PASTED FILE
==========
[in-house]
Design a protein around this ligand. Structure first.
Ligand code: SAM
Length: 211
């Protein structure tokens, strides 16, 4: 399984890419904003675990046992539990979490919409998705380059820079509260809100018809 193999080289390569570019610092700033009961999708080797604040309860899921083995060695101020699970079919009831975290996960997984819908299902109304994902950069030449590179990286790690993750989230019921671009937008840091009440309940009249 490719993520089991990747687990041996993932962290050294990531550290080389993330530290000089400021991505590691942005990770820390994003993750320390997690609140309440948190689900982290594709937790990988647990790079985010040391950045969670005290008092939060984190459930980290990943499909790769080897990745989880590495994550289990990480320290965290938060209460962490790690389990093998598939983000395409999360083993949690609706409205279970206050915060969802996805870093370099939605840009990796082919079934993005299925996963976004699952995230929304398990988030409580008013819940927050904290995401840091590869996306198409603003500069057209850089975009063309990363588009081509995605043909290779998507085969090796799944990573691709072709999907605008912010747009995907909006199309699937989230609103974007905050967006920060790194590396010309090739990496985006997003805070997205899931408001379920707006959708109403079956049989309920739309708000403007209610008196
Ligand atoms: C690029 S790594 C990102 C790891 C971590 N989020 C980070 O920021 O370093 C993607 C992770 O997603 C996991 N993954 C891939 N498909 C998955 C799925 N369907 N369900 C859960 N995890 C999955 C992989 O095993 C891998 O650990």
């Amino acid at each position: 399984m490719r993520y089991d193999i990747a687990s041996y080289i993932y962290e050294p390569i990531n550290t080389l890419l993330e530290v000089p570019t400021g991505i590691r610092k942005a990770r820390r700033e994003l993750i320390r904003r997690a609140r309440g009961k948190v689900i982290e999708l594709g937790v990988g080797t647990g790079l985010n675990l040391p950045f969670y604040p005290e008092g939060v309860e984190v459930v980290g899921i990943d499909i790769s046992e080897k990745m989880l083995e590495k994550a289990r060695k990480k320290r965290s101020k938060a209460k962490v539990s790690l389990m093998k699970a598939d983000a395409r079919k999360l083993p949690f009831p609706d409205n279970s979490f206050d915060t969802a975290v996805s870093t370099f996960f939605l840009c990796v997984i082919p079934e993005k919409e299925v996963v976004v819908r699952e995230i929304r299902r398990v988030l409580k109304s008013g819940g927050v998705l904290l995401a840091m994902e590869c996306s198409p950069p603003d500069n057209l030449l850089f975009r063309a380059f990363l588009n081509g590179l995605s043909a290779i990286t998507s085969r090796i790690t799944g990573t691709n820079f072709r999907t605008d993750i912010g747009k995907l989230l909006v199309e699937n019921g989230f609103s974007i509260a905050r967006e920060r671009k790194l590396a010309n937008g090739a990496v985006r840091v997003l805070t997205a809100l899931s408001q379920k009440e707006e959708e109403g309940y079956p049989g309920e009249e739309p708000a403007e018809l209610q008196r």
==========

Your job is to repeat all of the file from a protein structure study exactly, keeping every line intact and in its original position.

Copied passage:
[in-house]
Design a protein around this ligand. Structure first.
Ligand code: SAM
Length: 211
């Protein structure tokens, strides 16, 4: 399984890419904003675990046992539990979490919409998705380059820079509260809100018809 193999080289390569570019610092700033009961999708080797604040309860899921083995060695101020699970079919009831975290996960997984819908299902109304994902950069030449590179990286790690993750989230019921671009937008840091009440309940009249 490719993520089991990747687990041996993932962290050294990531550290080389993330530290000089400021991505590691942005990770820390994003993750320390997690609140309440948190689900982290594709937790990988647990790079985010040391950045969670005290008092939060984190459930980290990943499909790769080897990745989880590495994550289990990480320290965290938060209460962490790690389990093998598939983000395409999360083993949690609706409205279970206050915060969802996805870093370099939605840009990796082919079934993005299925996963976004699952995230929304398990988030409580008013819940927050904290995401840091590869996306198409603003500069057209850089975009063309990363588009081509995605043909290779998507085969090796799944990573691709072709999907605008912010747009995907909006199309699937989230609103974007905050967006920060790194590396010309090739990496985006997003805070997205899931408001379920707006959708109403079956049989309920739309708000403007209610008196
Ligand atoms: C690029 S790594 C990102 C790891 C971590 N989020 C980070 O920021 O370093 C993607 C992770 O997603 C996991 N993954 C891939 N498909 C998955 C799925 N369907 N369900 C859960 N995890 C999955 C992989 O095993 C891998 O650990």
């Amino acid at each position: 399984m490719r993520y089991d193999i990747a687990s041996y080289i993932y962290e050294p390569i990531n550290t080389l890419l993330e530290v000089p570019t400021g991505i590691r610092k942005a990770r820390r700033e994003l993750i320390r904003r997690a609140r309440g009961k948190v689900i982290e999708l594709g937790v990988g080797t647990g790079l985010n675990l040391p950045f969670y604040p005290e008092g939060v309860e984190v459930v980290g899921i990943d499909i790769s046992e080897k990745m989880l083995e590495k994550a289990r060695k990480k320290r965290s101020k938060a209460k962490v539990s790690l389990m093998k699970a598939d983000a395409r079919k999360l083993p949690f009831p609706d409205n279970s979490f206050d915060t969802a975290v996805s870093t370099f996960f939605l840009c990796v997984i082919p079934e993005k919409e299925v996963v976004v819908r699952e995230i929304r299902r398990v988030l409580k109304s008013g819940g927050v998705l904290l995401a840091m994902e590869c996306s198409p950069p603003d500069n057209l030449l850089f975009r063309a380059f990363l588009n081509g590179l995605s043909a290779i990286t998507s085969r090796i790690t799944g990573t691709n820079f072709r999907t605008d993750i912010g747009k995907l989230l909006v199309e699937n019921g989230f609103s974007i509260a905050r967006e920060r671009k790194l590396a010309n937008g090739a990496v985006r840091v997003l805070t997205a809100l899931s408001q379920k009440e707006e959708e109403g309940y079956p049989g309920e009249e739309p708000a403007e018809l209610q008196r």